Sunday, November 9, 2008

Product Life Span

There is a notion about the corporate side of design that is as follows: in order to make more profit companies churn out more of the same product (with slight alterations, usually aesthetic ones) every so often to keep people interested in the product and to make more money. Usually these products have a short life span and are not meant to last a long time, depending on what the product is perhaps only a few years or less.

The first mp3 Player I owned, I got when I was a sophomore in high school. I could have very easily bought an Apple brand I-Pod, but I got a slightly better deal on a Sony one. I really like the Sony mp3 player, it had a simple and clean design, and also had an aluminum casing. Over the course of the 5 plus years I had it, I dropped it countless times, spilt stuff on it, left it in sweltering hot cars in the dead of summer, and so on. It never showed any signs malfunction, never decreased in battery life, nothing. I only recently got a new mp3 player with more memory and better tech functions, not because my old one stopped working. I’ve talked to a great deal of people who have owned I-Pods and almost all of them have had several problems. Most problems concerned troubles linking to a computer, battery malfunctions, or just poor construction, I guess I-pods do not handle drops and spills too well. And I’m sure I’m not the only one who has heard all the problems people have been having with the I-Phone, It seems like nearly everyone I have talked to who has one is on their second or third one, because of their old ones not holding up well and breaking so easily.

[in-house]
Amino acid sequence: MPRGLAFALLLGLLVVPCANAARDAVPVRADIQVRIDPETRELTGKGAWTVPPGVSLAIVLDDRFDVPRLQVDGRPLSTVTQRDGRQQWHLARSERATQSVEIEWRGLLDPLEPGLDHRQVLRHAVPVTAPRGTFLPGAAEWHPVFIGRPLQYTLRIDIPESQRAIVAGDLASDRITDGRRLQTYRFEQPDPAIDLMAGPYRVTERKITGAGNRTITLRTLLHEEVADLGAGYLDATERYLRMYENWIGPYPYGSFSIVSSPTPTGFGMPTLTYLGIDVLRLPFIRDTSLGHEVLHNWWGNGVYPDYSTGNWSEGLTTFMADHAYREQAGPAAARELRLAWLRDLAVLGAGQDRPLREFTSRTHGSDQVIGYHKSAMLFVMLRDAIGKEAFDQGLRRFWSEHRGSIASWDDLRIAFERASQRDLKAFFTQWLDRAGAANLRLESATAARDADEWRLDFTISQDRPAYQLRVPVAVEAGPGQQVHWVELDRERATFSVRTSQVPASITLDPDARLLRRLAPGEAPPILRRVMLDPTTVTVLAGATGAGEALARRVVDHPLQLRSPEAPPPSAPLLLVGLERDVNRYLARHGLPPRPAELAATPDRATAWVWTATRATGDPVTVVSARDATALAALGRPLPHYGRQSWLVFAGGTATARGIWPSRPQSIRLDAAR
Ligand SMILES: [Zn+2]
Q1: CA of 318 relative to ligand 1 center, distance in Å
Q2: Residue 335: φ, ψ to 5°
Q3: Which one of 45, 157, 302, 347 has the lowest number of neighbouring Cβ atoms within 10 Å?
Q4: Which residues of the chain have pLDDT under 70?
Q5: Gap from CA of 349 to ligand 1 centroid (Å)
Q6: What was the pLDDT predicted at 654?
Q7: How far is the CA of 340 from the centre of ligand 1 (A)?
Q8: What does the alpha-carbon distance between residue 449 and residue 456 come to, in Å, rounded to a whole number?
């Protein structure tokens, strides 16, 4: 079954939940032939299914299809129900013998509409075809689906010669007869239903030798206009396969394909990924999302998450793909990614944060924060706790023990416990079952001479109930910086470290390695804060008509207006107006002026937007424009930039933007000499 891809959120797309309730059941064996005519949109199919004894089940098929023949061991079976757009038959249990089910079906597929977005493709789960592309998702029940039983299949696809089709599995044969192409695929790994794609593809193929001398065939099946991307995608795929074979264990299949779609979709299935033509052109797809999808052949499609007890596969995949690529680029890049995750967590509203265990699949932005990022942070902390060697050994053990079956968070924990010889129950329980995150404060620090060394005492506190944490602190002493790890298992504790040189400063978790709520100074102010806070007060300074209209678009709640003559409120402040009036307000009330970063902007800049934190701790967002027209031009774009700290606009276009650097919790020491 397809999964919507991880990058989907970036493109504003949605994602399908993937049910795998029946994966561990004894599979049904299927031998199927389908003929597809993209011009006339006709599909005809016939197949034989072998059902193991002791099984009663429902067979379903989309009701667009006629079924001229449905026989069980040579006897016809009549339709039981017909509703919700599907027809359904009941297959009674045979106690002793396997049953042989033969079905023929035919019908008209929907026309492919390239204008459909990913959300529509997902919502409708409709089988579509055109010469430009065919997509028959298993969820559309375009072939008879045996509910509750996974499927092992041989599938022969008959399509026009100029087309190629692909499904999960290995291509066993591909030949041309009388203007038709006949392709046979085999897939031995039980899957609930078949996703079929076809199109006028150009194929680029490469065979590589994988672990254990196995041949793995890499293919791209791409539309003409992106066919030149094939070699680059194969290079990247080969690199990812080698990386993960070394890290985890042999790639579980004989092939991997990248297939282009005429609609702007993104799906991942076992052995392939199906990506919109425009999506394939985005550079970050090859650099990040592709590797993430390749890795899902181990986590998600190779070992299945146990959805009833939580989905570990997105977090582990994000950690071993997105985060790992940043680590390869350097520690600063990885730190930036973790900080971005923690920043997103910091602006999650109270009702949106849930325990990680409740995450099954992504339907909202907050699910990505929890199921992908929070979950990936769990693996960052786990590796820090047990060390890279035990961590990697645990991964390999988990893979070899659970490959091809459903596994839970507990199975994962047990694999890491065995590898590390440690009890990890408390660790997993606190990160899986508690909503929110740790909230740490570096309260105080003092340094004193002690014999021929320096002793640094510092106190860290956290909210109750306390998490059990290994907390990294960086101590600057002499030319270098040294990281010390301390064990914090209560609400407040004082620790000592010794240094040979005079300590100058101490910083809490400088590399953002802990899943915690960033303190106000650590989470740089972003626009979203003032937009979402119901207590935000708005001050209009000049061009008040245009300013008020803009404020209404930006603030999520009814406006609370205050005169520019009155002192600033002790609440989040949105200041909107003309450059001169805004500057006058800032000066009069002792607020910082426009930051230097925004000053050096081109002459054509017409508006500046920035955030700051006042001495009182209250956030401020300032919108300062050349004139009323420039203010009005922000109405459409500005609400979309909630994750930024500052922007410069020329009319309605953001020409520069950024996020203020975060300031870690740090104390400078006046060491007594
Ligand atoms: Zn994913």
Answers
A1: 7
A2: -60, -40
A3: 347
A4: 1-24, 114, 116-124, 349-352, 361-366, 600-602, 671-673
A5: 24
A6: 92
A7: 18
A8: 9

When I decided it was finally time to buy a new mp3 player, I of course went back to the Sony store. It was then that I was met with some very upsetting news: Sony had reduced their mp3 player line to only a handful of low memory players, for the casual listener. Mp3 players like the one I had bought from them years before, were no longer being made by Sony. Apple had beaten Sony out of the mp3 player war. Was the very reason I was so in love with Sony’s product the very reason they had been decimated by Apple?

                In my experience, Sony made a very nice product, especially in comparison to Apple’s. But Apple’s less righteous approach to business and products won out in the end. I was left puzzled by this. Why can’t an honest approach to product making also be a lucrative one? In the future, as companies are pressured by consumer awareness to make sustainable products, the main issue will surely be finding a way to align the interests of business, product, and certainly sustainability.

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